J.B. Spins

Jazz, film, and improvised culture.

Thursday, April 24, 2014

The German Doctor: The Man from Patagonia

Unfortunately, the physician in question is not Albert Schweitzer. It is the monstrous Josef Mengele who has ingratiated himself with young Lilith’s family. Living under an assumed name, the evil “Angel of Death” has resumed his eugenic research with the help of Argentina’s large German expat community. Adapting her own novel Wakolda for the screen, Lucía Puenzo offers some informed speculation about Menegele’s Argentine years in The German Doctor (trailer here), which opens tomorrow in New York.

Lilith is traveling through Patagonia with her father Enzo and her very pregnant mother Eva, who happens to be carrying twins (if know anything about Mengele, you recognize this will become significant later). On the road, they meet a German doctor, who asks to follow them through the forbidding landscape for safety’s sake. Eva happens to be the graduate of Bariloche’s German language school, so she can converse with Mengele in his fatherland tongue. She even has old class photos generously accessorized with swastikas.

Initially, they are only too happy to have the doctor take up residency in their chalet-style hotel. Given his friendly overtures, they are also willing to allow the doctor to prescribe a growth regimen for Lilith. However, as his manipulations become more insidious, Enzo starts to suspect something is profoundly wrong about his family’s new patron. Of course, he is still a beat or two behind Nora Eldoc, a deep-cover National Socialist hunter.

While Puenzo stops short of outright conspiracy thriller territory, she paints a chilling portrait of a monolithically complicit German-Argentine community. Eldoc’s investigation also provides respectable servings of intrigue and suspense. However, the film fundamentally serves as a yin-and-yang character study of the icily fanatical Mengele and the innocent but keenly intuitive Lilith.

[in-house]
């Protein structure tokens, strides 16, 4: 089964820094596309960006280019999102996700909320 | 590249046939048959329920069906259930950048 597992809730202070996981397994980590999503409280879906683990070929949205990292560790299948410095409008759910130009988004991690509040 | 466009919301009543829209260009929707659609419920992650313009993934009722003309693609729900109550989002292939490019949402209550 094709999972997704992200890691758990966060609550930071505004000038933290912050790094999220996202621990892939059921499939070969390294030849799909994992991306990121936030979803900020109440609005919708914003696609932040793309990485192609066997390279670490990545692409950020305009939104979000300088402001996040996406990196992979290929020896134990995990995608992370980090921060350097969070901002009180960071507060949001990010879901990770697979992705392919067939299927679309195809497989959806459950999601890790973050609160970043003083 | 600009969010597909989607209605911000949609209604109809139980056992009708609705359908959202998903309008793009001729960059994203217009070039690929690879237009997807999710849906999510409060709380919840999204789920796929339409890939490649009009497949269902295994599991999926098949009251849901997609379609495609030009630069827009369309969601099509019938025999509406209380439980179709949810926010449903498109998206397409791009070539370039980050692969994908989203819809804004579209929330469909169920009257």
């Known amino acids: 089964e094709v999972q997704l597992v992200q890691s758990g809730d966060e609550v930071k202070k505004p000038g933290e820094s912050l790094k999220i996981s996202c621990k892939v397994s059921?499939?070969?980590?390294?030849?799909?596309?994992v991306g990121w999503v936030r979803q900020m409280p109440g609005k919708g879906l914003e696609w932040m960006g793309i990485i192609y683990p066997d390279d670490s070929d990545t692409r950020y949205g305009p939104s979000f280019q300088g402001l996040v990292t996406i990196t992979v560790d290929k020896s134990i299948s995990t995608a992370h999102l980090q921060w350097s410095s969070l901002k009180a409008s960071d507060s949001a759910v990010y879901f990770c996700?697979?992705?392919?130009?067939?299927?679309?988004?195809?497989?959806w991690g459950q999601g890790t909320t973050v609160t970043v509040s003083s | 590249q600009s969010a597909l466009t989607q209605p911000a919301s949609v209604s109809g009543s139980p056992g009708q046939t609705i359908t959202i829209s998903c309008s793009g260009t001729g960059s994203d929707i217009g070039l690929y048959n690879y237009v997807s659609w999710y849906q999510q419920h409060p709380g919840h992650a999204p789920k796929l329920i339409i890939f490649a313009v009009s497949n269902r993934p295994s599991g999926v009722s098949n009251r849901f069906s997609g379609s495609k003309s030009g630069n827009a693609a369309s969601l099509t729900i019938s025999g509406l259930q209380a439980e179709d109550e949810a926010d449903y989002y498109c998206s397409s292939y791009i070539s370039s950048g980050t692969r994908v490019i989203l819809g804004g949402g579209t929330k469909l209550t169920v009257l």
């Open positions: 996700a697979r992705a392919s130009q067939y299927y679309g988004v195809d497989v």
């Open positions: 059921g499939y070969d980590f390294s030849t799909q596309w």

Catalonian actor Àlex Brendemühl is thoroughly creepy as Mengele, portraying him with quiet, precise menace. Yet, the bigger story is young Florencia Bado, whose lead performance is unusually mature and assured. Elena Roger (star of both the recent Broadway and West End revivals of Evita) also takes a smart, passionate turn as Eldoc. Unfortunately, Diego Peretti and Natalia Oreiro are standard issue dumb parents, who could have wandered in from an old John Hughes movie.

Even though Puenzo’s pacing is a bit inconsistent, she coaxes some powerful performances out of her multinational cast and convincingly indicts Argentina (and neighboring countries like Paraguay) for either knowingly sheltering war criminals like Mengele, or at least deliberately turning a blind eye to their enterprises. It is a surprisingly compelling work of docu-fiction. Recommended for those who appreciate darkly unsettling coming of age tales, The German Doctor opens tomorrow (4/24) in New York at the Lincoln Plaza Cinema.

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